I strongly agree with Deputy O'Dowd's comments, which were spot on. I ask the Minister to listen to them and to consider this point. The Social Democrats will support the legislation but it does not go anywhere near far enough. The reason it is being introduced is because we are in the middle of a pandemic. The people most effected by and at risk from the pandemic are people who are exposed because of chronic disease and people who are exposed by chronic disease are also more likely to be on low incomes and are more likely to be renting. Moreover, renters are more likely to be in vulnerable groups such as migrants. Many people who rent are those who have kept everything running throughout the pandemic with front-line and essential services, keeping our hospitals cleaned and the shelves in our supermarkets stacked. They are the groups that would benefit most from the protection of a ban on evictions in most circumstances for the next six months. It is surprising that the protections for tenants during the pandemic have been better in the UK under a Tory Government than under this Government. I would never have thought that any Tory Government would provide better protection for tenants than any Irish Government of any hue or make. We should stand by renters and people on low incomes and give them the full protections they deserve during the pandemic. That is why I tabled an amendment to lengthen the time to at least six months.

A key part of an effective strategy against Covid-19 is building social solidarity. Getting rid of the protection against eviction for tenants sent the message that no, we are not all in this together, that some of us enjoy better protections than others and that people in the exposed groups, who are renting or on low incomes, did not deserve the same protection. It is in all our interests to build up the sense of social solidarity in order that all of us can fight the virus together. To build such confidence, we need to take a clear stand and put protections in place for those who need it most, including those working on the front line, who are in high levels of contact with people and are most at risk from Covid.

International research has shown the direct link between evictions and the spread of Covid-19 as epidemiologists in Harvard University, the University of Pennsylvania and the University of Illinois have demonstrated. If we are serious about tackling and fighting the virus, it is logical that we would prevent evictions on most grounds for the next six months. I urge the Minister to consider that measure. I hope he will accept our amendments today but if not, I urge him to return to Cabinet on this point and seek further protections.

To give Members 90 minutes between our receipt of the Bill and tabling amendments was regrettably short. I acknowledge timeframes are tight but even two or three hours would have been more appropriate. It is a pity that the only amendments which were received were from the Social Democrats and Deputy Ó Broin. Other groups have told me they would have tabled amendments but the 90 minutes was too tight. Many people are working hard on tight deadlines but the democratic process requires more than an hour and a half to read the Bill and put in amendments. My amendment to increase the time to six months has the full support of the Simon Communities of Ireland, an organisation which works on the ground on homelessness. It strongly supports that kind of measure and it assisted in the drafting of amendments.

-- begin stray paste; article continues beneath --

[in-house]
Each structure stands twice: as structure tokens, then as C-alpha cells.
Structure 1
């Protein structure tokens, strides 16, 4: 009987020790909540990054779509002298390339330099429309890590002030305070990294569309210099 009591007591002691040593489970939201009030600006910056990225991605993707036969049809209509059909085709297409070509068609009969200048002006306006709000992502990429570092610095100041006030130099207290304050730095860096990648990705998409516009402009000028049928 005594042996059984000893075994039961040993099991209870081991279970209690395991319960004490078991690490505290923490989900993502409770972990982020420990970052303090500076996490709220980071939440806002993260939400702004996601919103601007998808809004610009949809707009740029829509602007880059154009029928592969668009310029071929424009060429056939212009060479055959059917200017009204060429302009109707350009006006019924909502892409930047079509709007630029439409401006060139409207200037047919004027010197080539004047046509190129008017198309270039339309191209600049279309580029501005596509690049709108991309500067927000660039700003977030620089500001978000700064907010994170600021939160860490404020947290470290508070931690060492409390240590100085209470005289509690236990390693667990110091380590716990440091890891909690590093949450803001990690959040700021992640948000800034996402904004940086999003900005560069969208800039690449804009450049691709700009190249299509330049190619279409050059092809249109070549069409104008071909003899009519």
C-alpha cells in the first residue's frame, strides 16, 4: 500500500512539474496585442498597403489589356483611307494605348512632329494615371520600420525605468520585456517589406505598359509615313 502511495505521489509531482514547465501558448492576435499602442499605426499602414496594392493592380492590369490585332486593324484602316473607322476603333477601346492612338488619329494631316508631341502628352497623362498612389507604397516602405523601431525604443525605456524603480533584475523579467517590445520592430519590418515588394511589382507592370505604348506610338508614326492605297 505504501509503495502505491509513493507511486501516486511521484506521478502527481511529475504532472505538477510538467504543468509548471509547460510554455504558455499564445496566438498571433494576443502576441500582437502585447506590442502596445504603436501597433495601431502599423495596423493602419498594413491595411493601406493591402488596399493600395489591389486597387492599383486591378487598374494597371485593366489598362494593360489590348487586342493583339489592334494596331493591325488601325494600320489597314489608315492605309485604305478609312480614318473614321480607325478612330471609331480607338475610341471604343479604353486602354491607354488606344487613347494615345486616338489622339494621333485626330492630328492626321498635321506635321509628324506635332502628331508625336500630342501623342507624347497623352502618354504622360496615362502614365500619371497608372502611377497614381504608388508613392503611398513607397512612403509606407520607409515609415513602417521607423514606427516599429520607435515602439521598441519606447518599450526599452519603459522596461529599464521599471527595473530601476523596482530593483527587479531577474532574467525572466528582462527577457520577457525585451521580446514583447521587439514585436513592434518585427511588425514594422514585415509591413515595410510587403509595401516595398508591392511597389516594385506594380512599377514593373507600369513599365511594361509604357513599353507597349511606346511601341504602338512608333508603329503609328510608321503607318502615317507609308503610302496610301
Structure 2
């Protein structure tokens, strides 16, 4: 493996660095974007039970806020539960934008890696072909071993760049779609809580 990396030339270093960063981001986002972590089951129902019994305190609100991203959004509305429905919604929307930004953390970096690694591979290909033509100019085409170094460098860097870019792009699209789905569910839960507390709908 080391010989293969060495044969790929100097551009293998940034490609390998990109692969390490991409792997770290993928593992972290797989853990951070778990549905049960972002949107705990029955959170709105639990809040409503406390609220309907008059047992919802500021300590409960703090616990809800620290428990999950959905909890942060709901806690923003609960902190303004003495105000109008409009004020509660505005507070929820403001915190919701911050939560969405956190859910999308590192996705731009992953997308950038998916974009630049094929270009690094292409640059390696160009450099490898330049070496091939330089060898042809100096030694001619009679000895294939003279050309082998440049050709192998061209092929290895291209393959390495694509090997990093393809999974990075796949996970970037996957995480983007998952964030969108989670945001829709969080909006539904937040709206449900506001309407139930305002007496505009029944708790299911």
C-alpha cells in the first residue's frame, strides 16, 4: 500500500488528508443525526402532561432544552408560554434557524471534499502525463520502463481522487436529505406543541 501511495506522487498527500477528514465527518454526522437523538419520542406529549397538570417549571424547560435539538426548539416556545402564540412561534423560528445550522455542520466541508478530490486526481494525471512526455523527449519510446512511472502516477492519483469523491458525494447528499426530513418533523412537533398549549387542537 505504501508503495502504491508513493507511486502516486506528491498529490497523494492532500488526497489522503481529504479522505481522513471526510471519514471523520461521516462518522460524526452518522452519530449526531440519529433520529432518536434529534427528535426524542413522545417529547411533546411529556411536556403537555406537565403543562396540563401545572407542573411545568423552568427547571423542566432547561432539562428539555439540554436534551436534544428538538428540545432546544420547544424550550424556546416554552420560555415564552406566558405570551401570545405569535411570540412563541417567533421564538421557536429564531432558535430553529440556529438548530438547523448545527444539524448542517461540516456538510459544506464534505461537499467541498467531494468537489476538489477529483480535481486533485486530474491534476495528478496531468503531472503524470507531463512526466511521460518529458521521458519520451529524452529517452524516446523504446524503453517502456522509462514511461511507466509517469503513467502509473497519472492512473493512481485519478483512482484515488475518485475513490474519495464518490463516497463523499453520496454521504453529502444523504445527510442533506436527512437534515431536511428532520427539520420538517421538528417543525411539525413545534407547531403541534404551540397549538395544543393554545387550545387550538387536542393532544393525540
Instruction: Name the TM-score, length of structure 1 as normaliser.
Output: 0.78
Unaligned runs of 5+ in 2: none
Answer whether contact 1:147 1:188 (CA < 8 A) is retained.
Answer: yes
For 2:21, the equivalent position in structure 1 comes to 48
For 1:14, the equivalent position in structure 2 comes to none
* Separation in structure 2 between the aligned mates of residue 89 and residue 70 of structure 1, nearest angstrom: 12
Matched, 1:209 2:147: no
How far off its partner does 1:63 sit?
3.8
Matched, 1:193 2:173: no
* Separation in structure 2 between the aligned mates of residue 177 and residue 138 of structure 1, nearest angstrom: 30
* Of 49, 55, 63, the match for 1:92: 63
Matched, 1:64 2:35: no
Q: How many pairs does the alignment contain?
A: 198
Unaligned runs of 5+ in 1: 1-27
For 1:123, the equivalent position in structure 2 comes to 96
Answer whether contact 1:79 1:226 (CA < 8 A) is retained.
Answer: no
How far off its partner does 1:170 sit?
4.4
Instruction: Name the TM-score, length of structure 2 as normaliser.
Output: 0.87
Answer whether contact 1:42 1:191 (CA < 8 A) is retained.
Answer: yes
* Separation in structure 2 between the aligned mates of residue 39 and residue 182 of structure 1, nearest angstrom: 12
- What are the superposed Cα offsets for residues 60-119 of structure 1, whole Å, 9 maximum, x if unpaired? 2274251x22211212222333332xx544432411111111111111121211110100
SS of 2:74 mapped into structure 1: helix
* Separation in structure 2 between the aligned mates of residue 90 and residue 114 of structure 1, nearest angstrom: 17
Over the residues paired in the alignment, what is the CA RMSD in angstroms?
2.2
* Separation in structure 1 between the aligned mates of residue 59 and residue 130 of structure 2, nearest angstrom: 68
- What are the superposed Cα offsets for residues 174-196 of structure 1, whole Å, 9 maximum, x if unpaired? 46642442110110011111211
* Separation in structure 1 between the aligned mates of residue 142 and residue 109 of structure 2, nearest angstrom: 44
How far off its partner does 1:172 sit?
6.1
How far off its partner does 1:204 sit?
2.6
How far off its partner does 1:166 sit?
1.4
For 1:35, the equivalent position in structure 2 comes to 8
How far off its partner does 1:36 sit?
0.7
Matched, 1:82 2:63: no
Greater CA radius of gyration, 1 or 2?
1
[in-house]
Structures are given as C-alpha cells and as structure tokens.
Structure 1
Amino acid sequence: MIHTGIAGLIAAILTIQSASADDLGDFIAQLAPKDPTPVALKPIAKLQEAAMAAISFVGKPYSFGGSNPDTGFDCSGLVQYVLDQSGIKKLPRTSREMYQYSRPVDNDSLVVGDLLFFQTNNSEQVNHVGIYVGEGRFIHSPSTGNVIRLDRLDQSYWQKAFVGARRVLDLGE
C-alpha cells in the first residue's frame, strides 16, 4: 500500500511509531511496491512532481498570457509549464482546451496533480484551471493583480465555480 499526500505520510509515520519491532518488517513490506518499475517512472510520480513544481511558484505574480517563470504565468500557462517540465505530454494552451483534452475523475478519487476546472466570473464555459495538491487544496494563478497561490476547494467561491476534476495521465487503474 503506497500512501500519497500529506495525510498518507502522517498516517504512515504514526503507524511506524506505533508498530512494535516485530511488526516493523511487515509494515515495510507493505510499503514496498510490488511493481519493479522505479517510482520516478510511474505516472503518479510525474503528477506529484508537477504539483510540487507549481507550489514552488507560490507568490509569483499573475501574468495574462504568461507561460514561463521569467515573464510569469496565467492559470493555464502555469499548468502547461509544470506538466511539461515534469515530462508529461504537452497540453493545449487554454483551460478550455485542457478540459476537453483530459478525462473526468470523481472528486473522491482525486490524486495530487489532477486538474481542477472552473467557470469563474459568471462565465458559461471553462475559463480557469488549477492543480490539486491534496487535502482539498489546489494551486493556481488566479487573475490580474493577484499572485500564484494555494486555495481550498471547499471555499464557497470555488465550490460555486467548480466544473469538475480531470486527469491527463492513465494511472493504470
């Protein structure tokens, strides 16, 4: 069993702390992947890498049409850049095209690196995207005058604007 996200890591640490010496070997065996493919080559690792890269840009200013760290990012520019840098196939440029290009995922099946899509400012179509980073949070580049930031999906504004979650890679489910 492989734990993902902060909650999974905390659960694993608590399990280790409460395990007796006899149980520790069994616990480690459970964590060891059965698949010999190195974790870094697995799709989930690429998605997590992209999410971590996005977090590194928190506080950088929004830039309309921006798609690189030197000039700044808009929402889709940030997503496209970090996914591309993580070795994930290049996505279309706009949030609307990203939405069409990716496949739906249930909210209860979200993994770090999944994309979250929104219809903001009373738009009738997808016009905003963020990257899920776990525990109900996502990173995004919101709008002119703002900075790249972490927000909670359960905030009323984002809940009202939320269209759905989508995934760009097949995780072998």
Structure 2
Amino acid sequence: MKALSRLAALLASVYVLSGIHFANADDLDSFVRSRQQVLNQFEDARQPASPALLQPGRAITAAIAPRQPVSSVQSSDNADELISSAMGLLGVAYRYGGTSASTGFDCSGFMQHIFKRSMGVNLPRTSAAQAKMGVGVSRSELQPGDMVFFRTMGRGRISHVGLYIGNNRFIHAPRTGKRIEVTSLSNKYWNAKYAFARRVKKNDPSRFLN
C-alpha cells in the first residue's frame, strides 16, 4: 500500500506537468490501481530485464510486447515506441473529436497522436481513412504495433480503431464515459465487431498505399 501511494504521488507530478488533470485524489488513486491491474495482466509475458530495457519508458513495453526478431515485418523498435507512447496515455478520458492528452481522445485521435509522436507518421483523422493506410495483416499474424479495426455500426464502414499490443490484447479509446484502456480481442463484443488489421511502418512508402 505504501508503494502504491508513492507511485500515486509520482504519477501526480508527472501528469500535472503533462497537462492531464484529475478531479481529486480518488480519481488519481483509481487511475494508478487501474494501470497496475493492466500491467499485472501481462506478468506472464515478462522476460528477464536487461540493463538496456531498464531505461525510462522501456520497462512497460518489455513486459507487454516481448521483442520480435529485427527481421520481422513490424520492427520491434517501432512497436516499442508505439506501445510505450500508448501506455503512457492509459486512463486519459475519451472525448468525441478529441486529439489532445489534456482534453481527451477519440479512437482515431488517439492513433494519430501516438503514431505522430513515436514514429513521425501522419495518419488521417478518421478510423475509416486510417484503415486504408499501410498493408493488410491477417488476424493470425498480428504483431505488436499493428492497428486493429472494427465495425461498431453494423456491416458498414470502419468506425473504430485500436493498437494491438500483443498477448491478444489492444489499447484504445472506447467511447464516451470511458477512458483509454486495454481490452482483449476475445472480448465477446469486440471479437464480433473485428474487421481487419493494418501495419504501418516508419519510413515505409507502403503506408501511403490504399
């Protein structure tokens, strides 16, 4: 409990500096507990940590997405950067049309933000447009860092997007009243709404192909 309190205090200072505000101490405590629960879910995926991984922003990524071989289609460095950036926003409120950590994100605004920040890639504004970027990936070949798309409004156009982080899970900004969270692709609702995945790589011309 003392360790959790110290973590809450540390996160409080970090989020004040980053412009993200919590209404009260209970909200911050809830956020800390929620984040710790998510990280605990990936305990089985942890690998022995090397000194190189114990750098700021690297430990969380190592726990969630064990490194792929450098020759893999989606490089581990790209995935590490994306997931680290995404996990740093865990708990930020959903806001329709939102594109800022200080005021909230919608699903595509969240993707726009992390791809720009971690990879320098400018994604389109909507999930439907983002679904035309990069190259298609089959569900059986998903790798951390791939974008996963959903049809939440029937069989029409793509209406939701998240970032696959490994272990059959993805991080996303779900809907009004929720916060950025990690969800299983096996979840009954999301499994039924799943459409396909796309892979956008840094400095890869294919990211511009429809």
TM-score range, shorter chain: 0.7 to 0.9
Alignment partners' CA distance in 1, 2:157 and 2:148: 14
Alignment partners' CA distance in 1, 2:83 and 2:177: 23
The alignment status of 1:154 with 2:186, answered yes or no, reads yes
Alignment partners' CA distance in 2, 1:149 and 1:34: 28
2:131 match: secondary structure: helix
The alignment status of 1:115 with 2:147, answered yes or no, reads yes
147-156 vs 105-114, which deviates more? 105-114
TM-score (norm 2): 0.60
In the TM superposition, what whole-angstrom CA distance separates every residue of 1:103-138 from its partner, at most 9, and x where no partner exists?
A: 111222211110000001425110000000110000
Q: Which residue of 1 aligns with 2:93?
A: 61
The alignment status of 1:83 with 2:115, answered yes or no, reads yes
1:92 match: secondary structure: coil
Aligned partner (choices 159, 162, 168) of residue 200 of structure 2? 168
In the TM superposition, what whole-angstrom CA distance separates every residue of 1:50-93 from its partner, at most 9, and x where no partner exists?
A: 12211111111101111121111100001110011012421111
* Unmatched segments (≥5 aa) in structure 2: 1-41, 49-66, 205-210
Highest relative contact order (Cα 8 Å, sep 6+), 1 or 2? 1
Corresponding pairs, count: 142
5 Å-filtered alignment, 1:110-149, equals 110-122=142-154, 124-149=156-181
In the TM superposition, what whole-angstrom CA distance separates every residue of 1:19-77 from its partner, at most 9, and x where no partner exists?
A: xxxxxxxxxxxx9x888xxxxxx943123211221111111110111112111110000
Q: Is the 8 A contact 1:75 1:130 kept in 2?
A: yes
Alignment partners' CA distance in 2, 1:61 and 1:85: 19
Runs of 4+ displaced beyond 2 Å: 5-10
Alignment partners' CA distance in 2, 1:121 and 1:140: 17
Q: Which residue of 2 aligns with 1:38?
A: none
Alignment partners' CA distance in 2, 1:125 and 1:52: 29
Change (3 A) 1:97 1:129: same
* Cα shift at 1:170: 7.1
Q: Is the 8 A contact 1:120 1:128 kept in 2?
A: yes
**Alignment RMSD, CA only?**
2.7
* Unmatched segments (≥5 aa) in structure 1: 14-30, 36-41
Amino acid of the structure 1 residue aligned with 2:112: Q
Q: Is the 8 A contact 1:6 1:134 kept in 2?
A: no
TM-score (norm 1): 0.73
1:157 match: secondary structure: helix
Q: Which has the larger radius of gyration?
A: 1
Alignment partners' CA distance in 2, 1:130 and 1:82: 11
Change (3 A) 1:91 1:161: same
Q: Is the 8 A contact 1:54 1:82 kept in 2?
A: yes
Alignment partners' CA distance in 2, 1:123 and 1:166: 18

I note there has been a rise in Covid infections in the Traveller community in Ireland over the past four weeks. Since the initial outbreak, fantastic work was done by national and local Traveller organisations, which have worked very hard to mitigate and deal with the problems of insecure accommodation and homelessness in particular, as well as those issues which are related to the spread of Covid-19. As the Minister is aware, Travellers are an extremely vulnerable group as there is a higher incidence of chronic disease and conditions deemed to be at a high risk in the Traveller community but also because of the lower life expectancy. More than 2,000 Traveller families are living in inadequate, unsafe and insecure impermanent conditions. I wish to raise concerns about Traveller children in particular. Upwards of 3,000 children live in inadequate conditions, which has been brought to the attention of the Ombudsman for Children. For children living on roadsides, there is not always access to water, electricity and sanitation, which is particularly serious during the pandemic. In addition, 174 families live under local authority provision in basic service or transient bays, which only have minimal toilet and washing facilities. That also must be addressed. I ask the Minister to address these points in his comments but also in his work generally and to look at the groups most at risk, including members of the Traveller community and migrants, who have been affected by Covid in large numbers because of their insecure housing and their insecure, precarious working conditions, which put them more at risk and make them more exposed.